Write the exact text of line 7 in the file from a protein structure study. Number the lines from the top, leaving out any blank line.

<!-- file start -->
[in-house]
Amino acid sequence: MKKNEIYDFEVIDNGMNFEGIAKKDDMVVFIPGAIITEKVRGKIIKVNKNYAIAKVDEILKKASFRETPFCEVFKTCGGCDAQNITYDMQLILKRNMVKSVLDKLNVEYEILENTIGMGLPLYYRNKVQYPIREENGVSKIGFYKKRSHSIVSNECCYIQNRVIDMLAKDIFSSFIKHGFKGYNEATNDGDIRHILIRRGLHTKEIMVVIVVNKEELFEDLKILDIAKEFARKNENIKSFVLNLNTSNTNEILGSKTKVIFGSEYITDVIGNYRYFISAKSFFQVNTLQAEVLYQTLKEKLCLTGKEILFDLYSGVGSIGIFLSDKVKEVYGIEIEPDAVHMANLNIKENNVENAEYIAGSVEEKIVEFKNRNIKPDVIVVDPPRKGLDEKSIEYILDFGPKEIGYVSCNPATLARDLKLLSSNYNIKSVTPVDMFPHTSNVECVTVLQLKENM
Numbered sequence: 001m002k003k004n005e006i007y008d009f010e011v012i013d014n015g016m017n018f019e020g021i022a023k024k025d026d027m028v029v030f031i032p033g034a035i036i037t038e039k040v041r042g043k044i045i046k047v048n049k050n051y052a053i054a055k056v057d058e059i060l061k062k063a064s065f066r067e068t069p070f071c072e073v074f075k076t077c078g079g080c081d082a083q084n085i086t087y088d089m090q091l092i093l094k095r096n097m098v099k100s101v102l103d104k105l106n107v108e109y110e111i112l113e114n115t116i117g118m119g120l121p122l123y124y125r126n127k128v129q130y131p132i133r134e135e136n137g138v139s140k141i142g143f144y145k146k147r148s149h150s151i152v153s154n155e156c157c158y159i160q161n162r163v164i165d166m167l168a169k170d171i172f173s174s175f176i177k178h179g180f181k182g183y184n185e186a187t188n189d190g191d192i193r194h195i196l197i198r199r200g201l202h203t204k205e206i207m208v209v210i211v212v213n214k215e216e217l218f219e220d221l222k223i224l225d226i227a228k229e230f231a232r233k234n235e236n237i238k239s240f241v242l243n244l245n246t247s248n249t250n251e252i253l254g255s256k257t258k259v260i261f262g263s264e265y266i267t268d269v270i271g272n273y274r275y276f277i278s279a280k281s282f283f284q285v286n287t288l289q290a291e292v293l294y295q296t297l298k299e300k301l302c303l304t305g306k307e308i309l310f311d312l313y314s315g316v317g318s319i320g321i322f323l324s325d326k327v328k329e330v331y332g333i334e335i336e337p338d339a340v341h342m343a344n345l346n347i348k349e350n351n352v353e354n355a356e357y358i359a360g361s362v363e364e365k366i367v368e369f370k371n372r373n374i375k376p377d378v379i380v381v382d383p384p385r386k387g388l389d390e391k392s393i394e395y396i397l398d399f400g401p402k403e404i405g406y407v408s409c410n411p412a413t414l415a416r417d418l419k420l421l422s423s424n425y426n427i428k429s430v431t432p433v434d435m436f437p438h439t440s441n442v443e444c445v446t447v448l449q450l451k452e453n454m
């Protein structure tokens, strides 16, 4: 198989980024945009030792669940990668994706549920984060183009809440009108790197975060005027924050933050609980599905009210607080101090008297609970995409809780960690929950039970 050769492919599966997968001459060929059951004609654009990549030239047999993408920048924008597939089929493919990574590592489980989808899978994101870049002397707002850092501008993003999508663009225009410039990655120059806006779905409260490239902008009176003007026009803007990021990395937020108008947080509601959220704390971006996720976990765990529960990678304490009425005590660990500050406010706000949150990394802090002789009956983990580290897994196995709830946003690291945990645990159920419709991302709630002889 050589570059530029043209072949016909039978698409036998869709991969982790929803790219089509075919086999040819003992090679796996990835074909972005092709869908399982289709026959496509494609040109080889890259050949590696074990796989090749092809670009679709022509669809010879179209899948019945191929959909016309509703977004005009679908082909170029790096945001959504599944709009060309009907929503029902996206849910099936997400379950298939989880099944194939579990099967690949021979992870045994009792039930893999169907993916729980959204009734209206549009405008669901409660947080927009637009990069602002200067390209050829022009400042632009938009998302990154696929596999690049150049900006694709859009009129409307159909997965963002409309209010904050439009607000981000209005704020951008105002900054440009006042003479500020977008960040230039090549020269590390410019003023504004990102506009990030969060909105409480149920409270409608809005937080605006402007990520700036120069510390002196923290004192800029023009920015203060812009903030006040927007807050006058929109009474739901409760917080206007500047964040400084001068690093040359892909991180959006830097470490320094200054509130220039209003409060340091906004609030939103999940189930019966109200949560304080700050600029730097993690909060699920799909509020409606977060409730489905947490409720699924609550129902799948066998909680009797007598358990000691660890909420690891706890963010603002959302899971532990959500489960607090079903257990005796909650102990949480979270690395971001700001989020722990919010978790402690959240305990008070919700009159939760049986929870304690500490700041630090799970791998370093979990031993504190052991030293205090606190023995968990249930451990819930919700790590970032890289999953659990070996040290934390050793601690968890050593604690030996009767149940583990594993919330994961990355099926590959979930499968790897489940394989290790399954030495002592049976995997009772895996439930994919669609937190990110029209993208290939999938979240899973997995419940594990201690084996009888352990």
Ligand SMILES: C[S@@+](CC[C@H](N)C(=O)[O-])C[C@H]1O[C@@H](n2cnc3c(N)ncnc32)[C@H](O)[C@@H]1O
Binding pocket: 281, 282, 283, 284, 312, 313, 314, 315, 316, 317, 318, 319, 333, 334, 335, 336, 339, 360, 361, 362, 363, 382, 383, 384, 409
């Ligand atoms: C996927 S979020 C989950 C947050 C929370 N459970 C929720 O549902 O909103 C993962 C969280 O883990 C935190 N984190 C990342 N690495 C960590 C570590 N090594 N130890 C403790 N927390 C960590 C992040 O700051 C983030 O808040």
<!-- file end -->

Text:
């Ligand atoms: C996927 S979020 C989950 C947050 C929370 N459970 C929720 O549902 O909103 C993962 C969280 O883990 C935190 N984190 C990342 N690495 C960590 C570590 N090594 N130890 C403790 N927390 C960590 C992040 O700051 C983030 O808040």